Steven C. Fox D.D.S.

 Periodontics with Services in Dental Implants

419.473.1222

800.824.2048

4447 Talmadge RD suit F

 Toledo, OH 43623

223 W Crawford St, Findlay, OH 45840

 FAX (419) 473-1452

 FAX (419) 473-1452

 

 

Implants

 

Those who have suffered the loss of many or all of their natural teeth, or have a problem with ill-fitting dentures, may want to look into the advantages of dental implants. The dental implant process may involve inserting an anti-rejecting titanium anchor into the bone structure, and after successful healing, a prosthetic partial bridge or crown is placed over the anchor. Other types of implants may be more suitable. Dr. Fox will determine the extent of the problem and consult with you as to whether dental implants would be an appropriate alternative. Contact him for an appointment. He and his staff are genuinely concerned with your dental health care.

 

What are implants?

 

Implants are metal posts that are surgically placed beneath

your gums. After placement, the implants fuse to

the bone of your jaw and act as artificial tooth roots.

Replacement teeth - singularly or grouped on a bridge or denture -

 are then mounted to the implant.

 

 

What are the benefits of implants?

 

One key advantage of implants is that they fuse to the jawbone, offering stable support to artificial teeth. Dentures, bridges or individual teeth mounted to the implants wont slip or shift in your mouth - an especially important benefit when eating or speaking.

 

This secure fit also helps replacement teeth feel more natural that conventional bridges or dentures.

 

Some people may find the stability of implant-supported dentures to be more comfortable than removable dentures.

 

Can anyone have implants?

 

Candidates need to have healthy gums and adequate bone to support the implant, and they must commit to keeping these structures healthy. Meticulous oral hygiene and regular dental visits are critical to the long-term success and dental implants.

 

What are the implants made of?

 

The implant itself is made of metal, usually titanium as it has proven to be very compatible with bone and other tissues. The surface of some implants are treated with a substance that helps them adhere to the bone.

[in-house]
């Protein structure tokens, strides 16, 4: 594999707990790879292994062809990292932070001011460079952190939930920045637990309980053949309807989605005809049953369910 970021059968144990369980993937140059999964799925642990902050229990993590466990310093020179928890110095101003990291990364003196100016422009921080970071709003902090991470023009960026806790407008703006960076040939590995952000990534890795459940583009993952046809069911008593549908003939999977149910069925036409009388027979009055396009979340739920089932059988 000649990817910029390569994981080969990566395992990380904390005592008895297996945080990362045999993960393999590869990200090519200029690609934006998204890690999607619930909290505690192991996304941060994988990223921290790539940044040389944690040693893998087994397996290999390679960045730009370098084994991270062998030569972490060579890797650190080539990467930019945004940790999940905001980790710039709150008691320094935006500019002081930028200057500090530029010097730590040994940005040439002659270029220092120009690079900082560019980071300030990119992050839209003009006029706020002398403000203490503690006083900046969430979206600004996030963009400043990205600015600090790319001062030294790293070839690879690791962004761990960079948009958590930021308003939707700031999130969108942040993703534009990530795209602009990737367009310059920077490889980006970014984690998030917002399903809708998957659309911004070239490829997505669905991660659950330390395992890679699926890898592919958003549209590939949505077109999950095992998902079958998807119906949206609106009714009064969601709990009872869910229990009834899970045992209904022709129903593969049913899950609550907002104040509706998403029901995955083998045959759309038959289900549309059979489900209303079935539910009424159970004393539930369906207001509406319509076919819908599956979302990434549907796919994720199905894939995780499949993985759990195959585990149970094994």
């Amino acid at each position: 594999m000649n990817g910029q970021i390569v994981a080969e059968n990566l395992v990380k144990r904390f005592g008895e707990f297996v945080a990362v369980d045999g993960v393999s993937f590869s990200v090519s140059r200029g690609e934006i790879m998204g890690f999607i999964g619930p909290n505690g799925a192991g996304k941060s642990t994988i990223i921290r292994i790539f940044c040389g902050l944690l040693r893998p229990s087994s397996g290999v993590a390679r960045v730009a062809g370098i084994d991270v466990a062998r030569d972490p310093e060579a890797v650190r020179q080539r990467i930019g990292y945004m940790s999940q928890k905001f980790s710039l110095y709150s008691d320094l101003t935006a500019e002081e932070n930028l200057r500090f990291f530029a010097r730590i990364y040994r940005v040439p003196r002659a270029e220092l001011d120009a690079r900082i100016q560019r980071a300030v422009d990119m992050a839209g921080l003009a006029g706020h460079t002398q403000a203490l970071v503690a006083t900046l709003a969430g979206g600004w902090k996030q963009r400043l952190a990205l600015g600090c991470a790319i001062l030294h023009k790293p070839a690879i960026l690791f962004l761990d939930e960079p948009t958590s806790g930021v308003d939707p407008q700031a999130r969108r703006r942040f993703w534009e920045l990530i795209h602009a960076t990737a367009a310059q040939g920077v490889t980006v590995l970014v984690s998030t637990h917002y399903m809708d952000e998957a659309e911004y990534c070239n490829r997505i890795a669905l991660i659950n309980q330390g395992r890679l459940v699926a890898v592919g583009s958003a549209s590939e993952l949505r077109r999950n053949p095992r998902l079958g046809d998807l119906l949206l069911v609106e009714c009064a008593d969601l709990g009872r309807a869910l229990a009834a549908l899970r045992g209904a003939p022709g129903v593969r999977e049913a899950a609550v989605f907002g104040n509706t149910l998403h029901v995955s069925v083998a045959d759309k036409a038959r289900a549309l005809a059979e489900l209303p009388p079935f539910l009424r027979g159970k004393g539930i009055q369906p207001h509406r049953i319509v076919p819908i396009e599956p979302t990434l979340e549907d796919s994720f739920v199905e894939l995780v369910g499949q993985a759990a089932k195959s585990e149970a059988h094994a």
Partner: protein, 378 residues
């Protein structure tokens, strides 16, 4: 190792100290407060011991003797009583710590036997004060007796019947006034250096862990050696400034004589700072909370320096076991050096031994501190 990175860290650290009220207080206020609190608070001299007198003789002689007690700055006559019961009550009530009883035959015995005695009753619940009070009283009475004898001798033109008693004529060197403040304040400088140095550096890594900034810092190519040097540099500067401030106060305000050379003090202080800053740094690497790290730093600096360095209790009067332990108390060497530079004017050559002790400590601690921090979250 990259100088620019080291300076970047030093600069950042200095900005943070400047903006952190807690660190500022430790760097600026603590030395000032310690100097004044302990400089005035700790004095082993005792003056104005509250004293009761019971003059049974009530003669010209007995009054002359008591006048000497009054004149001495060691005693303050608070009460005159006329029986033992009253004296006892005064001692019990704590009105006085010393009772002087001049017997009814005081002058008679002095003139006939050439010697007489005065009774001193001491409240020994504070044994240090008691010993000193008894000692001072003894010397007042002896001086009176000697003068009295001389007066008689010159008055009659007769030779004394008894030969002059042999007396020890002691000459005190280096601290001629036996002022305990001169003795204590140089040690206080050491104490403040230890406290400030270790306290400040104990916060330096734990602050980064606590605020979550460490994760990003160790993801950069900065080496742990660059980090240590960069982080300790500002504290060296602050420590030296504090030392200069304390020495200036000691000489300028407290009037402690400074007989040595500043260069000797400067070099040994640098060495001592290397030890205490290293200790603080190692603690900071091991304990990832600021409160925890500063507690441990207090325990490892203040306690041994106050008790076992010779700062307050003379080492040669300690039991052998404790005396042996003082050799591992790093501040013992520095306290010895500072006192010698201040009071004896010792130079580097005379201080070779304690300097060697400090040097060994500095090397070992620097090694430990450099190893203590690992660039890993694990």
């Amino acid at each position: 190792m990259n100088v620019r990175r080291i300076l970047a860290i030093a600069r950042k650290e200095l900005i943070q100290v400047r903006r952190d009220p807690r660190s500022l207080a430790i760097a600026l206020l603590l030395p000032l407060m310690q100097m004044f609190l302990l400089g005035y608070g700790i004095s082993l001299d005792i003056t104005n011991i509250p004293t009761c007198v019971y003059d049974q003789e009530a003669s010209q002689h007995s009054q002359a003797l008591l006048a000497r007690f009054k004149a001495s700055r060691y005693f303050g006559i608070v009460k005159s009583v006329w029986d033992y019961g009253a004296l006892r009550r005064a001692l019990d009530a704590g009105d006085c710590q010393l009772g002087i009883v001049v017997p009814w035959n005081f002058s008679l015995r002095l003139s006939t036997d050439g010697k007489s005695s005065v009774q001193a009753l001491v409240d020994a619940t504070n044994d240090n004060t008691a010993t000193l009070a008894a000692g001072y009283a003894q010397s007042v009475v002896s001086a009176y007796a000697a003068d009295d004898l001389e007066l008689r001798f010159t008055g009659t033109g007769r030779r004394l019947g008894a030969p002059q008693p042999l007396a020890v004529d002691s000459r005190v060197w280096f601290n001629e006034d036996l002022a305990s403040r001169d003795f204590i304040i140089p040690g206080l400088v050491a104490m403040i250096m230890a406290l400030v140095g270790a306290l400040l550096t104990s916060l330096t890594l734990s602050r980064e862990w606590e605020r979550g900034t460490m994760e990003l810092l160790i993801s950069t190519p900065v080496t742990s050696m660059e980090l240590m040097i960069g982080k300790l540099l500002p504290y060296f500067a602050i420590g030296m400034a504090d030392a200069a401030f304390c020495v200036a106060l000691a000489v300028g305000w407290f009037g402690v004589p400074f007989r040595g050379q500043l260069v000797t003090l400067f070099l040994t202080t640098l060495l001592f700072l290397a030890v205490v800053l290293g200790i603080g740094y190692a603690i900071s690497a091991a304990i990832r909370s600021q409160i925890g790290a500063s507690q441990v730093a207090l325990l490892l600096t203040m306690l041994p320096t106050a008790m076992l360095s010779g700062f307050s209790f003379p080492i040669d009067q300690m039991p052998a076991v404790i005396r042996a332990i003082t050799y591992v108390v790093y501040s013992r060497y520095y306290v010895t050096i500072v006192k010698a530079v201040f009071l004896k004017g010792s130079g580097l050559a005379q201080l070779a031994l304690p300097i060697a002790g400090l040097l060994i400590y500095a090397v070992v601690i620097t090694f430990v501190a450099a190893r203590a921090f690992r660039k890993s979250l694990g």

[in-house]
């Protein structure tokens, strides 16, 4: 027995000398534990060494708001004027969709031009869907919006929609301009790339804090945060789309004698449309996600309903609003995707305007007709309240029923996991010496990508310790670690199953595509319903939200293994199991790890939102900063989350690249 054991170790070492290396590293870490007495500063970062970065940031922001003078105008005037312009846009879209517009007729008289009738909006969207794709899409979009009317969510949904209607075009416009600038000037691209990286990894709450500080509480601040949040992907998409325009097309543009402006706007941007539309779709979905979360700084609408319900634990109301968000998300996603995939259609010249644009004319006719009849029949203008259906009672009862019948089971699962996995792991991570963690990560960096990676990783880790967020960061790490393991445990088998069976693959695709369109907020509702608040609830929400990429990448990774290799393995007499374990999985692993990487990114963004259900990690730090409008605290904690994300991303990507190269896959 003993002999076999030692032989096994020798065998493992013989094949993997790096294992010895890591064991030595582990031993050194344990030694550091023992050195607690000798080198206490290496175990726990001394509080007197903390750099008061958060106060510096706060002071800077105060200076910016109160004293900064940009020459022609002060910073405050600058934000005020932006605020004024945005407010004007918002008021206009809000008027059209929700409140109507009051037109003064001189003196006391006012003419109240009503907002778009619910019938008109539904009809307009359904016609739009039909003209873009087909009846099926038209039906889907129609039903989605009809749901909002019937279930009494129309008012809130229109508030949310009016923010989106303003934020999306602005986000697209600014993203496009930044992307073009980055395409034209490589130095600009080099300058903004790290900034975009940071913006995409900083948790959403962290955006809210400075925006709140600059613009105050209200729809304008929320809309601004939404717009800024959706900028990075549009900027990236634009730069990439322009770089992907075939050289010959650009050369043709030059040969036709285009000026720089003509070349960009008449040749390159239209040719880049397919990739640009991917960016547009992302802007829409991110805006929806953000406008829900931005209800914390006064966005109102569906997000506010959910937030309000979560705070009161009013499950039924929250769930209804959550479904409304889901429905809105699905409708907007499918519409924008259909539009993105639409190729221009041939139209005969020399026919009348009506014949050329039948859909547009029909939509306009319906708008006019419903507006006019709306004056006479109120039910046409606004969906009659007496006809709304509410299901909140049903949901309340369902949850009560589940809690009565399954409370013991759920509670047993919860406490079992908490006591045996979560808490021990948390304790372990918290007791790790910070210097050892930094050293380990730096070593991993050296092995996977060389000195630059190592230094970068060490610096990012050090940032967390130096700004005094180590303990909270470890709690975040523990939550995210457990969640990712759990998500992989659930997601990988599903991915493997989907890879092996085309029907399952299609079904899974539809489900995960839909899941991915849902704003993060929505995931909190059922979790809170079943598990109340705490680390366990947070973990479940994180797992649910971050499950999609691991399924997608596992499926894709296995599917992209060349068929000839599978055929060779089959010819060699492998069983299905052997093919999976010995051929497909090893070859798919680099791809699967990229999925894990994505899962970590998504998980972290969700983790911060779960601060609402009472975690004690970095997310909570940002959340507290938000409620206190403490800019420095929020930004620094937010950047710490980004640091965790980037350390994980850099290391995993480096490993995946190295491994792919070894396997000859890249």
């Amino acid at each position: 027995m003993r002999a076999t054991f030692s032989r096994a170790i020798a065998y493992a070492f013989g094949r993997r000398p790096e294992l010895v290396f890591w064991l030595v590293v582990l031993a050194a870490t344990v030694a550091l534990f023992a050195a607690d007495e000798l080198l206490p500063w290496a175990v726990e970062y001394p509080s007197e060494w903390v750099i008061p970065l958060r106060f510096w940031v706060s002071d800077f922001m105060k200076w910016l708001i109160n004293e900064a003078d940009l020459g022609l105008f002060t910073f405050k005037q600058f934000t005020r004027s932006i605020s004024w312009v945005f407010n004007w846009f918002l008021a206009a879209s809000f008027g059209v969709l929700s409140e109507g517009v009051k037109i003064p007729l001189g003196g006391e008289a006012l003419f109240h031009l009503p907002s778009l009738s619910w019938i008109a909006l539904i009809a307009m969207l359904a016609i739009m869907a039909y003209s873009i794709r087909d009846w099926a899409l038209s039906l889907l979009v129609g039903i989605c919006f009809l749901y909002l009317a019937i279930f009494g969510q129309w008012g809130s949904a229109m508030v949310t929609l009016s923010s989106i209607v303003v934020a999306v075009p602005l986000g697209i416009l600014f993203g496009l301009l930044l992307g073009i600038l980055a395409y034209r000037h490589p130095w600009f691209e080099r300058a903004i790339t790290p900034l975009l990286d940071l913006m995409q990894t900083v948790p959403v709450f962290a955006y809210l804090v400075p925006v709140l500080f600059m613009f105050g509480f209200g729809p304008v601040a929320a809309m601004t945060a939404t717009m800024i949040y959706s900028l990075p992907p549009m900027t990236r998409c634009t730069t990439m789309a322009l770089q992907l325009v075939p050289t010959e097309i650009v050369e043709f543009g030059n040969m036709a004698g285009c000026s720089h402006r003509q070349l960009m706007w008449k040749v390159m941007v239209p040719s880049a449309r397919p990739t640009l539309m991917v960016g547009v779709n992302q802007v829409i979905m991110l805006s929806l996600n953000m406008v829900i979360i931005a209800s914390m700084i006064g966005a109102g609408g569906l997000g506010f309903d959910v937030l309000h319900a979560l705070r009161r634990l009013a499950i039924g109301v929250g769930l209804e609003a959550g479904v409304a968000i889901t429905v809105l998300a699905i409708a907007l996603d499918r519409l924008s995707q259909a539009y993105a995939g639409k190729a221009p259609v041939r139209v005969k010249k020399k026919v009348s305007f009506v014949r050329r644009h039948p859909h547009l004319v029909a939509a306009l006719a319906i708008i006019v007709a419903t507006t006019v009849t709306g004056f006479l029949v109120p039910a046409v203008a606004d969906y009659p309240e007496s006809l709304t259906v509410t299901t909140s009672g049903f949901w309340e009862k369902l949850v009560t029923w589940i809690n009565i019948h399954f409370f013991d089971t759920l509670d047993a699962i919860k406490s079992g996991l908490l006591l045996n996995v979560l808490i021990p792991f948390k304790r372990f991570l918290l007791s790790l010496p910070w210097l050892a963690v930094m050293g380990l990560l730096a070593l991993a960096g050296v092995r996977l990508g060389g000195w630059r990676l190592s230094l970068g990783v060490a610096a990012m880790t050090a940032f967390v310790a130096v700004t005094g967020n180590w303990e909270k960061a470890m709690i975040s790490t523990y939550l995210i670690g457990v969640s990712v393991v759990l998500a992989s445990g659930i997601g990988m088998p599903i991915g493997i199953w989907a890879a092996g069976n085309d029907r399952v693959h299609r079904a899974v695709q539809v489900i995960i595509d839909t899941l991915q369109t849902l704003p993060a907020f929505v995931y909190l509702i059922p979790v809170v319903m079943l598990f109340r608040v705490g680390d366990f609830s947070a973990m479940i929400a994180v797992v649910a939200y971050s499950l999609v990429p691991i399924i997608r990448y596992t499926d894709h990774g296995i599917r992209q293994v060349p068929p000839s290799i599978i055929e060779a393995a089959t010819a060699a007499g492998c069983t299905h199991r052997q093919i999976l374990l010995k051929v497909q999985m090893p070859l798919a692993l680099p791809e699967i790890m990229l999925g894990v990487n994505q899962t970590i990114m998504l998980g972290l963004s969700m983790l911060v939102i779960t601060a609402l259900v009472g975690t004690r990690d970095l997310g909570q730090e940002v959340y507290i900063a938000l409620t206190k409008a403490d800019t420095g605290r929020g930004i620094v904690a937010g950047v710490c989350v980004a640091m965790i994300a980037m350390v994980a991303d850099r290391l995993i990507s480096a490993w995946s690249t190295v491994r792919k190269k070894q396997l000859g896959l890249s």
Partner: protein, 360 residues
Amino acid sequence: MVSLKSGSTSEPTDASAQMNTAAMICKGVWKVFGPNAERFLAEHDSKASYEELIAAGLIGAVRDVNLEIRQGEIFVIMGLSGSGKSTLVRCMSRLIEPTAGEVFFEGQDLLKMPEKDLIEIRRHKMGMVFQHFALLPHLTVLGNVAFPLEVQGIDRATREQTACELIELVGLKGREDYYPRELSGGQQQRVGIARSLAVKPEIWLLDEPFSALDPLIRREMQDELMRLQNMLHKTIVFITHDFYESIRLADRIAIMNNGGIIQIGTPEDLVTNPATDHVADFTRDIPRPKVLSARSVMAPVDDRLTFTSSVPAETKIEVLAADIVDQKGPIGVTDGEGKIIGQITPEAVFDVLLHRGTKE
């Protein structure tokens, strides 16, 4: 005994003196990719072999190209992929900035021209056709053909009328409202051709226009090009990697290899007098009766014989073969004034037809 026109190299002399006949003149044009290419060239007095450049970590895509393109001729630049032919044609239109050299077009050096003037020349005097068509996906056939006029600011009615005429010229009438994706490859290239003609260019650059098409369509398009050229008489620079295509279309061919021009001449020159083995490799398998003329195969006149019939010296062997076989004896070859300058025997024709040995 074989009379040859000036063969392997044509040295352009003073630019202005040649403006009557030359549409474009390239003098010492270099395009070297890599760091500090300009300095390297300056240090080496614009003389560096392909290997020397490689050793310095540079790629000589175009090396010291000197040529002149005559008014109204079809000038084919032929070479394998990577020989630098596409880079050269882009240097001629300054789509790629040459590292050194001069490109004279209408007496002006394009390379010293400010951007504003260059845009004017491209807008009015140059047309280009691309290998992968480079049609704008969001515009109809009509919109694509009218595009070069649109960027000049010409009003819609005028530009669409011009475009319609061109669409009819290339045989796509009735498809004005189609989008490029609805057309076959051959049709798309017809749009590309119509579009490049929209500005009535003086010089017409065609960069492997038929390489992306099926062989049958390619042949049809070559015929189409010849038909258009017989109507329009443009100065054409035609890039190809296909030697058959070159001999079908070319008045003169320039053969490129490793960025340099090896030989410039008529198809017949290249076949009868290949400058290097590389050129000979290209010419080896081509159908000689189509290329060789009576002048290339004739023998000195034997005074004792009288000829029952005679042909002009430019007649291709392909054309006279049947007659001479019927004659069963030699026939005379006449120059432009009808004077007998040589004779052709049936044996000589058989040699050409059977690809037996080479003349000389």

Just like conventional crowns, bridges or dentures, the replacement teeth mounted on the implants are made of porcelain, porcelain and metal, or polymer resin.

 

Like tooth roots, endosteal implants extend into the jawbone. A sufficient amount of bone is required to support this type of implant.

 

 

 

Is there any way to build up the bone in my jaw to support implants?

 

Studies suggest that implant placement can be successful in augmented bone. Bone substitutes, either synthetic or natural, can be placed under the gums. Over a period of about size to 12 weeks, these materials can stimulate new bone growth.

 

 

 

Would I need to see a specialist to have implants placed?

 

Any dentist who places implants, however, should have special training in the procedure.

 

When asking a dentist qualified to place implants, you should ask:

·  how much training the dentist has in this procedure

·  how many implant patients he or she has treated

·  how long the dentist has been working with implants

 

 

 

What else should I know about implants?

 

As with any medical or dental procedure, implant placement is not always successful. You and your dentist should discuss complications related to healing factors that could influence long-term retention of the implant.

 

Placing the implant and allowing the bone to fuse with the implant will take some time. The entire procedure can take place over a few months and usually involves more than one surgical appointment. Your dentist may be able to make a temporary bridge or denture that you can use during this healing period. Placement and adjustment of the artificial teeth also may require more than one fitting.

 

After placement, the gum tissue may be stitched over the implant for a period from three to six months. During this time the bone attaches to the implant in a process called osseointegration. A second surgery would be needed to attach a post to the implant. Artificial teeth then can be attached to the posts - individually, or grouped on a bridge or denture.

 

Implant placement also can be costly, and some insurance carriers do not cover this procedure. When considering implants, you should check with your insurer to determine how much of the cost will be covered under your plan.

 

 

 

How can I tell if implants are the right choice for me?

 

Talk to your dentist. He or she is familiar with your oral health and history, and will help you determine whether dental implants are an option for you.

 

As part of a thorough evaluation, your dentist will check the condition of your mouth, the supporting bone in your jaw and the way your upper and lower teeth fit together. The dentist may gather additional information by talking dental X-rays or making models of your teeth. This information will help determine whether you are a good candidate for dental implants.